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Denis Villeneuve Shares A Surprising Obstacle To Dune's Production Design

One of the most highly-anticipated films of the year, "Dune: Part One," is almost here. The film is not only an adaption of one of the most famous sci-fi novels of all time but is also directed by Denis Villeneuve, the acclaimed filmmaker who has previously helmed films like 2016's "Arrival" and 2017's "Blade Runner: 2049." The upcoming sci-fi blockbuster received a seven-minute standing ovation at its Venice Film Festival premiere earlier this year (via Deadline), and now, it's set to debut in theaters and on HBO Max on October 22.

Set in the far future, the film follows Paul Atreides (Timothée Chalamet), the heir of House Atreides, as he and his family are forced to fight for control of the desert planet Arrakis. It's the only planet that produces the valuable substance known as "melange" or "spice," a drug that can extend human life and advance human thought and travel, and as a result, control of the planet is highly contested amongst the film's various noble families.

Now, ahead of its coming premiere, it's safe to say that every element of "Dune" promises to be awe-inspiring, from its central performances to its cinematography and, of course, production design. However, it turns out that the film's creative team faced a surprising obstacle while creating the production design for "Dune."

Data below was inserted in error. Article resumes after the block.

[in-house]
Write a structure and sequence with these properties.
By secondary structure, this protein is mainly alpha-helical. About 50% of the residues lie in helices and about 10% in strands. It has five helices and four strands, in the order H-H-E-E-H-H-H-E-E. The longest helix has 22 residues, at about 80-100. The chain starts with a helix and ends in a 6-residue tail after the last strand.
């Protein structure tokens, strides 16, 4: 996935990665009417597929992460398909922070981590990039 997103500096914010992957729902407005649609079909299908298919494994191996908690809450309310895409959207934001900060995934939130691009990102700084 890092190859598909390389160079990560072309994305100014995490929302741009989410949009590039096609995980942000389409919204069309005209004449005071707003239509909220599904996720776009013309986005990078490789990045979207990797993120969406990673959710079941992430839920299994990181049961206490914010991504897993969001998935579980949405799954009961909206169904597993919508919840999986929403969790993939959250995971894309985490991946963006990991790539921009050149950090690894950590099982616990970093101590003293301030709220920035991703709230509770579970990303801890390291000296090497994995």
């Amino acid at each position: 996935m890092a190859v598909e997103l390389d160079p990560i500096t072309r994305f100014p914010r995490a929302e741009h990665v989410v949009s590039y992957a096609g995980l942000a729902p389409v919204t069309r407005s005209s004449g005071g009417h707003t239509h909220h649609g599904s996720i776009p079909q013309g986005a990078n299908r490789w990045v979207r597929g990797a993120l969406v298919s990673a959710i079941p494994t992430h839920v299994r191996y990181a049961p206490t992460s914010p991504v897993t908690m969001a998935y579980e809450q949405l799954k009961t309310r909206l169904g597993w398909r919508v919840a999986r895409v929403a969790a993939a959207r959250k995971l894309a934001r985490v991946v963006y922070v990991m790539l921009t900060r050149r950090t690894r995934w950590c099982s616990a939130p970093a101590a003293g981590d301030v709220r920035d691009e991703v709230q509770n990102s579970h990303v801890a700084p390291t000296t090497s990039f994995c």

Denis Villeneuve wanted Dune to look exactly as it's described in the original novel

In an interview with GamesRadar, director Denis Villeneuve opened up about his approach to creating the look of "Dune," saying, "I said to the team at the beginning that we should inspire ourselves exclusively from the book. I wanted the movie to be as close as possible to the vision I had when I read the book at 13 years old, and I wanted the fans of the book to, as much as possible, recognize the description, the atmospheres, the world that has been depicted in the book. I wanted to be faithful to Frank Herbert as much as possible."

Villeneuve went on to note that his close connection to the novel helped him and his team create the film's look and production design, adding, "To go back to the original images that I had as a kid, they were these uncorrupted images. That helped a lot to try to bring something kind of fresh to the screen." The "Dune" director also revealed, however, that one issue he and his collaborators faced was making sure that the film didn't feel too similar to other, notable sci-fi blockbusters of recent years. "It required a lot of meditation and work because there had been a lot of sci-fi movies made in the past decade," Villeneuve admitted. "The 'Star Wars' series is a huge elephant in the room. The way 'Star Wars' approaches design is so beautiful. So we have to find our own identity. It took us time – time and a lot of thinking."

The good news is that the footage from "Dune" that has already been released suggests that Villeneuve ultimately succeeded in bringing a vivid and singular sci-fi world to life in the film. Now, fans will get to see the full scope of the film's production design when "Dune: Part One" makes its way to theaters and HBO Max in the U.S. this week.